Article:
Tiny chameleon could be big for conservation
The Local · 2 Mar 2012, 06:38
Published: 02 Mar 2012 06:38 GMT+01:00
- Scientists discover world's tiniest chameleon (15 Feb 12)
Together with a team of colleagues, Dr. Frank Glaw of the Bavarian State Collection of Zoology has played a part in identifying at least 140 new species of animals. But it’s the so-called Brookesia micra chameleon – first revealed to the world in a research journal last week – that has made headlines in Germany and beyond.
The tiny 16 millimetre-long lizard feeds on insects and small mites and is found only in Madagascar, a large island country off the southeastern coast of Africa.
But Glaw told The Local rather than simply being an interesting curiosity, the discovery of Brookesia micra could be viewed as a warning to those worried about decreasing biological diversity. If things keep up as they are, in the coming decades hundreds of species of animal could go extinct in Madagascar alone, he said.
Considering that Madagascar is one of the world’s most biologically diverse places, that could be devastating for scientific advances since new animal species can be useful for everything from drug production to understanding how our ecosystem works, he said.
“Deforestation is increasing and if something doesn’t change many of the unique plants and animals will become extinct in the coming years,” he told The Local.
Madagascar has a particularly serious problem with deforestation. Everything from farming to industry has been expanding into once-green parts of the country. It also remains one of the most fascinating research destinations for people like Glaw.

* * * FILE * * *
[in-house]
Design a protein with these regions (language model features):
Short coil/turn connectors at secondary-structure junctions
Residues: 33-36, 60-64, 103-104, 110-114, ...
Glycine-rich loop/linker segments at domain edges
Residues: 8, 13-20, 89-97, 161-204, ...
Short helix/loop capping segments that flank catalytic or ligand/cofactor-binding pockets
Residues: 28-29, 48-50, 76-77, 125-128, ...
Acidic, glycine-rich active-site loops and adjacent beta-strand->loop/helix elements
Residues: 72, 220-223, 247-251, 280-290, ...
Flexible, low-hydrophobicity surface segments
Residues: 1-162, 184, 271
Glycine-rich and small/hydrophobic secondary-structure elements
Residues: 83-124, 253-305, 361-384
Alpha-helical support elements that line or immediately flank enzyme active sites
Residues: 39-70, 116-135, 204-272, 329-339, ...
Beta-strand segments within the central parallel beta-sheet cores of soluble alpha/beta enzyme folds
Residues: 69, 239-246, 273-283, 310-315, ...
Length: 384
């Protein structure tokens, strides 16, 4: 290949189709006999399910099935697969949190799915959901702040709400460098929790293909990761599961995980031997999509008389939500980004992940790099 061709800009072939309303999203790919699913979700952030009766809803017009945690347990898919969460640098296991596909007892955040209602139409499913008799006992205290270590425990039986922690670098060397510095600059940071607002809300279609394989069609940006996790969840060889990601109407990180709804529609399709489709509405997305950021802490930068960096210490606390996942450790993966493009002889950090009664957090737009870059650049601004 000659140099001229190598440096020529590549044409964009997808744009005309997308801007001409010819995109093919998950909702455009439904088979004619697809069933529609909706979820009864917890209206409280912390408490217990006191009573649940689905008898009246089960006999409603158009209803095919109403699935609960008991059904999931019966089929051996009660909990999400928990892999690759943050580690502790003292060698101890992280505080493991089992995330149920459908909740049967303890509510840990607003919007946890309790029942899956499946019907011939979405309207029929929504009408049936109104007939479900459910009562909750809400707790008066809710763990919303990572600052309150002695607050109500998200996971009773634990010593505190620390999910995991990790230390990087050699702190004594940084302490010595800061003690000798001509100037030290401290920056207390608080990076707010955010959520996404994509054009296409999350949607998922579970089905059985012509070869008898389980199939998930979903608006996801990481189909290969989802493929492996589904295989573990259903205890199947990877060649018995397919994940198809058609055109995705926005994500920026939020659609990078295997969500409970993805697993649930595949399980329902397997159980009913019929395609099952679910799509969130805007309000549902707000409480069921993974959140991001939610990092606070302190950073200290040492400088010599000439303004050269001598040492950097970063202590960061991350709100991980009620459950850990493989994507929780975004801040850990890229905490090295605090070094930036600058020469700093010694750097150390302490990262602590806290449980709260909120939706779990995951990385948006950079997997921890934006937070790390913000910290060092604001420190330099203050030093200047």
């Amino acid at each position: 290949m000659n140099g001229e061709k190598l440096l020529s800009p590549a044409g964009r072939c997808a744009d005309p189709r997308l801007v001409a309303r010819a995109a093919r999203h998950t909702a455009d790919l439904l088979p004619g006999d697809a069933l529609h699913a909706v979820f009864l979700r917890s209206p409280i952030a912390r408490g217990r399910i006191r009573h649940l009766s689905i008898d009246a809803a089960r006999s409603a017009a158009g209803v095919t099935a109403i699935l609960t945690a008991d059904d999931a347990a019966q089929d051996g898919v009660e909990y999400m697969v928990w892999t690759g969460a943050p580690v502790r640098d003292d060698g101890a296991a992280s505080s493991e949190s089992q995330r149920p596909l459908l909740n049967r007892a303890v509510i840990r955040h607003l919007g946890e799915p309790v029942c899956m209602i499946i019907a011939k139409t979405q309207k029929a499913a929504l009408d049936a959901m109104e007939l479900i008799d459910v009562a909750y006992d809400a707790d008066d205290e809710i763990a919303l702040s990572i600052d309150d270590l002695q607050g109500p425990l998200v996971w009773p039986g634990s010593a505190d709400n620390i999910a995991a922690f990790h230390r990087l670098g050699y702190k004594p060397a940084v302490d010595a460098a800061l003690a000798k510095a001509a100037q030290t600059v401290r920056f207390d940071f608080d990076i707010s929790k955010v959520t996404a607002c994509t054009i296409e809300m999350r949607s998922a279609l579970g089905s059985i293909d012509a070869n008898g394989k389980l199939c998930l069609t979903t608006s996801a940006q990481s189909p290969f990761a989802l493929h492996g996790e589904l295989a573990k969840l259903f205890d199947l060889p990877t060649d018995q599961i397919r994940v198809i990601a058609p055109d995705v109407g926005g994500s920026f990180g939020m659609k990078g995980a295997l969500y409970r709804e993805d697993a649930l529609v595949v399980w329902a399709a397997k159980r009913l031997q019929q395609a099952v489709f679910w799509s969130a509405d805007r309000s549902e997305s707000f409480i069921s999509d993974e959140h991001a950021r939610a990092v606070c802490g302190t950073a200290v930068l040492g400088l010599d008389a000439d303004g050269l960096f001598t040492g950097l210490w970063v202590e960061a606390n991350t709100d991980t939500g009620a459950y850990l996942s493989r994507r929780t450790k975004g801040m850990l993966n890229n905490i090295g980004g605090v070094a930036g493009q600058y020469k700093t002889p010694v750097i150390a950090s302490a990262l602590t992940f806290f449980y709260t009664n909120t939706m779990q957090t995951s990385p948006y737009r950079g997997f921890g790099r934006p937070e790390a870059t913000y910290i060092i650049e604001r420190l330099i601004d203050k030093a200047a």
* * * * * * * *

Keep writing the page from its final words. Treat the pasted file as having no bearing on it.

Glaw first became interested in amphibians and reptiles as a child, when he had frogs as pets. His interest then morphed into a career, which eventually led to his interest in Madagascar with all its diversity.
The now 45-year-old has travelled there at least 15 times over the last two decades, along with various scientific colleagues, but most notably Miguel Vences, a professor at the University of Braunschweig.
So how do chameleon hunting expeditions work?
The scientists hire local guides to take them to some of the most isolated areas possible. Then the hunting for new species begins using special fences and other tools that can trap animals.
Many animals, like Brookesia micra, are almost invisible. So tracking down the tiny critter was a great accomplishment.
“It was a very good feeling – an amazing feeling finding it,” Glaw told The Local. “I knew that this was something special.”
The last few years have been spent studying the chameleon and making sure it was one of a kind. Now Glaw is planning his next expedition.
It’s going to be in November this year to the northern reaches of Madagascar where he’ll be looking for more unknown species.
There are hundreds of them out there, he told The Local – but time is running out to find them and explain to the world why they are so important to protect.
“Madagascar is the sort of place that people either really love or hate – I’m one of the ones who loves it. The conservation aspect is just so important,” Glaw said.